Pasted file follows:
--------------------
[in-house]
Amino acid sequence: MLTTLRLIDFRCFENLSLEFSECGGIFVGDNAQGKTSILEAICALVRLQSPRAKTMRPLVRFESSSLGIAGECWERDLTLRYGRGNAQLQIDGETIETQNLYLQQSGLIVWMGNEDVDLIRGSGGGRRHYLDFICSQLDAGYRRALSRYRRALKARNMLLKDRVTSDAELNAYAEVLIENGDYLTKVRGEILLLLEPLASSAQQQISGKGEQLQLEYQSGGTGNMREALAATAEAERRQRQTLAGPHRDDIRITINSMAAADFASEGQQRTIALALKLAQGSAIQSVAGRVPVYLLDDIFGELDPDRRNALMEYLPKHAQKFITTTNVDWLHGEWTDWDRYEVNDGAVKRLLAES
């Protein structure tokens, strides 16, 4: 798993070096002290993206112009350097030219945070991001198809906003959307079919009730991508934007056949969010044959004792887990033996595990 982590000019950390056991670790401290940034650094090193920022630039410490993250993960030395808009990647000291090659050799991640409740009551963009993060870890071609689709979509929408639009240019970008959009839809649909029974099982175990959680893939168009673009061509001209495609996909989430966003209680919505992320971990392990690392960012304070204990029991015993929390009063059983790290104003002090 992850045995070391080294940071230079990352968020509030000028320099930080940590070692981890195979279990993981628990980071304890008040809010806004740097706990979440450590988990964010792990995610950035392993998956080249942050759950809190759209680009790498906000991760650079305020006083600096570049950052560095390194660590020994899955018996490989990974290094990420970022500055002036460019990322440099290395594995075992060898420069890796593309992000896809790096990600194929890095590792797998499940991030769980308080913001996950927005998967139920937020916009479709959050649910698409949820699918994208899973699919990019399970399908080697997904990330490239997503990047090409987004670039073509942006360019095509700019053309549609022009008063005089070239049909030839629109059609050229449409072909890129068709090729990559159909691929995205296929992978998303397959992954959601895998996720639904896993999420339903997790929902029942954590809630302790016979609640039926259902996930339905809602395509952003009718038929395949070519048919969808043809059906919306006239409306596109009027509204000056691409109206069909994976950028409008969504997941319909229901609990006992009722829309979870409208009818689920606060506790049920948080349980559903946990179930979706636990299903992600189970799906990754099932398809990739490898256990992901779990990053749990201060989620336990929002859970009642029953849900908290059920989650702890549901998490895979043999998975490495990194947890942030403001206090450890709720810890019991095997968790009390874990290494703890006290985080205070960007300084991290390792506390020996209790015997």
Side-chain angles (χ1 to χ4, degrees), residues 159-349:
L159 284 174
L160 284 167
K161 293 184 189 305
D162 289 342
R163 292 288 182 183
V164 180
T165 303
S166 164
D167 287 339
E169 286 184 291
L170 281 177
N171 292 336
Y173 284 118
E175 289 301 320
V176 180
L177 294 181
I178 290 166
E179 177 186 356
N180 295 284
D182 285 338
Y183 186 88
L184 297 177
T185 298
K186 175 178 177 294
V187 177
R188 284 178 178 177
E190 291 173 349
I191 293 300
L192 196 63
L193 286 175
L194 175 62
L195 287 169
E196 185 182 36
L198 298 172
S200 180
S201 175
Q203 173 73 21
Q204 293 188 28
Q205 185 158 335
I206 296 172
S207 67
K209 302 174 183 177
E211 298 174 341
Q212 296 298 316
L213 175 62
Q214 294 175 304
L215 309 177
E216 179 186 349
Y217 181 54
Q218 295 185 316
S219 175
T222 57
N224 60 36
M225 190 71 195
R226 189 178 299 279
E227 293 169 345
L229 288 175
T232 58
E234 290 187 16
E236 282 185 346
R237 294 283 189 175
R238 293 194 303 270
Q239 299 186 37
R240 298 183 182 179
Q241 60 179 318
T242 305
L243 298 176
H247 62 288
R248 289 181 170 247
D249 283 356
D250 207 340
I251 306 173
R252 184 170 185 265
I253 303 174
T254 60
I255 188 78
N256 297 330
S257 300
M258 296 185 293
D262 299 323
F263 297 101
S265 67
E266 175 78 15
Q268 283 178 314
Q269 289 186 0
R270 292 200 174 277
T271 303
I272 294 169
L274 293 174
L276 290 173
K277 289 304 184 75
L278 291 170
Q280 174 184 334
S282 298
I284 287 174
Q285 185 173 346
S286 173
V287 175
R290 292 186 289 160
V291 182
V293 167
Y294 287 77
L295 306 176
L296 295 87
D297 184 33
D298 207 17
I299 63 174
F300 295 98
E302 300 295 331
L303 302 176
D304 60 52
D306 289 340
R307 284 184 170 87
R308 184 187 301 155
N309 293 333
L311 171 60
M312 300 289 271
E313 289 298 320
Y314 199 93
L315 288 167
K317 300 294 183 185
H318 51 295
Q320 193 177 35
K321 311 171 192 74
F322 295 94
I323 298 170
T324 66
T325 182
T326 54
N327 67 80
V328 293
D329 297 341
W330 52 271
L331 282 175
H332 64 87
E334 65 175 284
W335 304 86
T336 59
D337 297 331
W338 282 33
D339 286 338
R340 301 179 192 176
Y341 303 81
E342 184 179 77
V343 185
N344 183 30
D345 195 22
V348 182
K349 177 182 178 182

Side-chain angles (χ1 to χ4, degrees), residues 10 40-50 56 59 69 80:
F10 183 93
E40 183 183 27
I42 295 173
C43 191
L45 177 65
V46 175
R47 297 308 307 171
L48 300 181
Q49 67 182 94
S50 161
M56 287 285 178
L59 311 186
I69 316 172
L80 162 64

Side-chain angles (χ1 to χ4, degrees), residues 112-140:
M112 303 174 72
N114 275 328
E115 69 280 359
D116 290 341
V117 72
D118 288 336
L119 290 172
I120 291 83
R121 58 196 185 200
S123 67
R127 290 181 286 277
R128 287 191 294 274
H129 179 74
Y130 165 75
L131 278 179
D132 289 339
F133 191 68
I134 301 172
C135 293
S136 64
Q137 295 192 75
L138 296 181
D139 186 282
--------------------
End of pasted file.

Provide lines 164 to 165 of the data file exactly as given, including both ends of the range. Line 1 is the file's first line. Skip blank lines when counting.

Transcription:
S50 161
M56 287 285 178